A Western Australian research team has recently discovered a link between respiratory illness and difficulties swallowing in young people with cerebral palsy (CP), the world’s most common childhood disability, according to researchers.
The researchers surveyed 551 young people with CP (self-reporting or caregiver-reporting), focusing on children and young adults with CP at risk of being hospitalized or losing their lives, not as a direct result of CP but due to developing respiratory diseases such as pneumonia.
Questions were asked about their respiratory symptoms, such as coughing and wheezing, and about other conditions they had like scoliosis and epilepsy.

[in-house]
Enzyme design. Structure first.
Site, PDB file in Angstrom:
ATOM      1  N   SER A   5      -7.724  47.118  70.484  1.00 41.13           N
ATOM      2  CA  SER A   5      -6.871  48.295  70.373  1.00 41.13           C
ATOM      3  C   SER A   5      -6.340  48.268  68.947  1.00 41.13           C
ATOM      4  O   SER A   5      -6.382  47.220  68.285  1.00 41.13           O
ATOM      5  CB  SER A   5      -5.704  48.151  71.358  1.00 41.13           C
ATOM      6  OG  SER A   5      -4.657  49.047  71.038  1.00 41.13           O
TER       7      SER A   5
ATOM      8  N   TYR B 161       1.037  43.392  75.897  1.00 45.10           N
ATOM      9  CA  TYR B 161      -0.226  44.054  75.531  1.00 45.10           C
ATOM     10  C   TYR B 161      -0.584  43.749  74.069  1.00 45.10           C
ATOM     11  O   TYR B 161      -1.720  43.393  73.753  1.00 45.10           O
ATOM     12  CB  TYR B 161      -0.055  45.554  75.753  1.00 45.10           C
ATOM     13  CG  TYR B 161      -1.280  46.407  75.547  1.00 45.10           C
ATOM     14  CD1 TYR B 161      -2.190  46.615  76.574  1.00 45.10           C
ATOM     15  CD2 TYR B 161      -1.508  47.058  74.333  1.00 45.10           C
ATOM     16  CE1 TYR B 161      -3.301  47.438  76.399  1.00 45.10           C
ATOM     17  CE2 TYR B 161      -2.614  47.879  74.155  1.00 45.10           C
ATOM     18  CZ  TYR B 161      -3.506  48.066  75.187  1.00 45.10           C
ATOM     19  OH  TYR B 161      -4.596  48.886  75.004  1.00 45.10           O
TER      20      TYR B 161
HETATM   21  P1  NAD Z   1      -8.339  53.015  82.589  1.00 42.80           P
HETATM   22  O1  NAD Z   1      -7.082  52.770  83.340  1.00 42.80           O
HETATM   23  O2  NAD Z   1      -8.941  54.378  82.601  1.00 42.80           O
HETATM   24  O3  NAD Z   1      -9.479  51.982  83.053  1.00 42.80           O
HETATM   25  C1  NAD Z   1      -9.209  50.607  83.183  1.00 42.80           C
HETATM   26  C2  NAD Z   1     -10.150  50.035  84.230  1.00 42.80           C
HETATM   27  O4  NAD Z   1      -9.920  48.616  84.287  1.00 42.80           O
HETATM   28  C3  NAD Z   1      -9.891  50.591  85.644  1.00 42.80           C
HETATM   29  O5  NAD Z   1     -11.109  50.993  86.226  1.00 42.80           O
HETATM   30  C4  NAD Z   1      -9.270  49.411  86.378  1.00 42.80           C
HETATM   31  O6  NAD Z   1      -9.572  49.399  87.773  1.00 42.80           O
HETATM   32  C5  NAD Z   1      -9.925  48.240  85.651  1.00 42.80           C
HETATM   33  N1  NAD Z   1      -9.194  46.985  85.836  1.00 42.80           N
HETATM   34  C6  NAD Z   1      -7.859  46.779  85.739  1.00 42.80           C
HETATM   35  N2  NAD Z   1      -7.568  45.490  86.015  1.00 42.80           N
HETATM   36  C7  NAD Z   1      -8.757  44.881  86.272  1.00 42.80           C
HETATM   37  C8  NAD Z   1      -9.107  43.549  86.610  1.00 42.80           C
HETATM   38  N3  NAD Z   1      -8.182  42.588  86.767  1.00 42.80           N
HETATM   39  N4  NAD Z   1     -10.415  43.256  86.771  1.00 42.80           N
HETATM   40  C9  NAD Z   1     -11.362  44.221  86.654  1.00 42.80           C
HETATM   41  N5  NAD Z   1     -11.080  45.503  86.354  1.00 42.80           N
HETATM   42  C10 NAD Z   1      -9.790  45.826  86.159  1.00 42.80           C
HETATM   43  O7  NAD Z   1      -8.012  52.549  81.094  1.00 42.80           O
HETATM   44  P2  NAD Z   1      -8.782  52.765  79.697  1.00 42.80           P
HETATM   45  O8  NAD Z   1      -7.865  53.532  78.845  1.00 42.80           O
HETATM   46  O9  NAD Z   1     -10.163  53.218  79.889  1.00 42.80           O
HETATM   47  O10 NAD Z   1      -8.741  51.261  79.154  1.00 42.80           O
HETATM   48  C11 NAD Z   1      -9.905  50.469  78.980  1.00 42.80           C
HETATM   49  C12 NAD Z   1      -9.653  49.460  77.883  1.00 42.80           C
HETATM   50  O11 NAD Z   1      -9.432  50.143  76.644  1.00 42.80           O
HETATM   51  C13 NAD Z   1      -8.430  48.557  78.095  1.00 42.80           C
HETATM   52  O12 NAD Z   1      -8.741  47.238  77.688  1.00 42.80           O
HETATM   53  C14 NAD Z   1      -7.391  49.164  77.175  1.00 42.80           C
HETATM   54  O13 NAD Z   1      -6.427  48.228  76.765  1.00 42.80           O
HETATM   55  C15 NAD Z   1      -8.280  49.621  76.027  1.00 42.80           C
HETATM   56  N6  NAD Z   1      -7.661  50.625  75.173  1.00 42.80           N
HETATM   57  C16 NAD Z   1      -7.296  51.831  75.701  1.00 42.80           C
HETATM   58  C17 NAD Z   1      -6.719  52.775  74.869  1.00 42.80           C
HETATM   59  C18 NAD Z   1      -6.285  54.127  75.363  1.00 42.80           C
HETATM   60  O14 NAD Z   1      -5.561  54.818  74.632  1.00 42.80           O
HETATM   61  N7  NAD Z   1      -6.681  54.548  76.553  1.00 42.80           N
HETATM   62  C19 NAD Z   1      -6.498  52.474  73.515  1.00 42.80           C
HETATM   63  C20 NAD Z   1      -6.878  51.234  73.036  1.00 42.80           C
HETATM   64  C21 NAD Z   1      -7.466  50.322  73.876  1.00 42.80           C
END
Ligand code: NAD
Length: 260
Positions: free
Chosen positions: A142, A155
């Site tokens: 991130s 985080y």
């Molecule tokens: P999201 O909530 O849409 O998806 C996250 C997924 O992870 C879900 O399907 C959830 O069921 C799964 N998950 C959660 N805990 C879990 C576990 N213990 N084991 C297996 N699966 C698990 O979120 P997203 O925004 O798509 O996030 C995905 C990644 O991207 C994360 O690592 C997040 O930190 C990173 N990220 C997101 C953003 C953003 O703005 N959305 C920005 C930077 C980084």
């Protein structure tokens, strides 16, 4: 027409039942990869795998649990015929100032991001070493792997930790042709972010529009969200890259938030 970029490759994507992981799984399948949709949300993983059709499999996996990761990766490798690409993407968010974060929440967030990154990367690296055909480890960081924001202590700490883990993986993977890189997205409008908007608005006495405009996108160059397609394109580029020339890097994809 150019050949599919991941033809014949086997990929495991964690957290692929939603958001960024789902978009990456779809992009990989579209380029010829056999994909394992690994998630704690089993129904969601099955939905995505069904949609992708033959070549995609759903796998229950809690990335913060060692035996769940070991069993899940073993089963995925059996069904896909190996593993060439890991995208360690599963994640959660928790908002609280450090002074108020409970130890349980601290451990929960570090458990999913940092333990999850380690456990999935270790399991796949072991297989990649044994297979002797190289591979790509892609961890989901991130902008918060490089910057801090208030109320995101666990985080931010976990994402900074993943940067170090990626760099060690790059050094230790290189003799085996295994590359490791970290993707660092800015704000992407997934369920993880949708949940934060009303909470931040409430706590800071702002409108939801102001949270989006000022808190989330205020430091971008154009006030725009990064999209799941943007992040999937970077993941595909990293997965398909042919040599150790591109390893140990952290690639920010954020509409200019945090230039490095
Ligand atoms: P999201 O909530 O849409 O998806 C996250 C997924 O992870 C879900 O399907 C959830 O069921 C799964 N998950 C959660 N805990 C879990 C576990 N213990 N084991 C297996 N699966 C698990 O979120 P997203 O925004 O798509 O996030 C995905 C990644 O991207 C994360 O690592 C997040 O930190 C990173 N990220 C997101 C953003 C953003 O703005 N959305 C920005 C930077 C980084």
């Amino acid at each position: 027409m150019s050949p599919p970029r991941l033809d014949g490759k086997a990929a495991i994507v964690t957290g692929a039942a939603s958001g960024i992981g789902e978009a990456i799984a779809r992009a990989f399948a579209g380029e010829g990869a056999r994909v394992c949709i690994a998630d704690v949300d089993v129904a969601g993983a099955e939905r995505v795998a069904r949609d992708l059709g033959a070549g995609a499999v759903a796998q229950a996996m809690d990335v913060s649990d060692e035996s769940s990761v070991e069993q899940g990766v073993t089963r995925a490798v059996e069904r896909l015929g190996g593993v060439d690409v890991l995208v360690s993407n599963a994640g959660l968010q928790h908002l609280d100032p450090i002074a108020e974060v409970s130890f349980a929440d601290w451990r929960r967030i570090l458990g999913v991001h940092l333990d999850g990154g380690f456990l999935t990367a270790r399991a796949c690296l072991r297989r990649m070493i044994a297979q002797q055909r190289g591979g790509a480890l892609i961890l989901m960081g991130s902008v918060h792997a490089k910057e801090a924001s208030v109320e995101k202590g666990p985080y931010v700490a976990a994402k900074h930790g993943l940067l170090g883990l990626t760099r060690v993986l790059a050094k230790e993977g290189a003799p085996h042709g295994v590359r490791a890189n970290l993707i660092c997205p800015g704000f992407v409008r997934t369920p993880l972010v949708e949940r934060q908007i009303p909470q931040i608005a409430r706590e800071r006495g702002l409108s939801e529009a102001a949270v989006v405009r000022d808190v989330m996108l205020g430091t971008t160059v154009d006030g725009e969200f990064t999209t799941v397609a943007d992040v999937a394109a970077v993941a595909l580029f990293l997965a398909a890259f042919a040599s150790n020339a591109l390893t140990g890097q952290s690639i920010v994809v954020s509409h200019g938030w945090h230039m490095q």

“The main finding of our research is that children and young people with CP who have difficulty swallowing are at risk of developing a serious respiratory illness that can result in hospitalization and even death,” said lead researcher Marie Blackmore.
Symptoms may present as a cough, wheeze, sneeze, choke or gurgled speech during meals because some of the food may be going into their airways, researchers said. “We think that gradually, over time, this creates an environment in the lungs that makes people with cerebral palsy susceptible to infections,” Dr Blackmore said.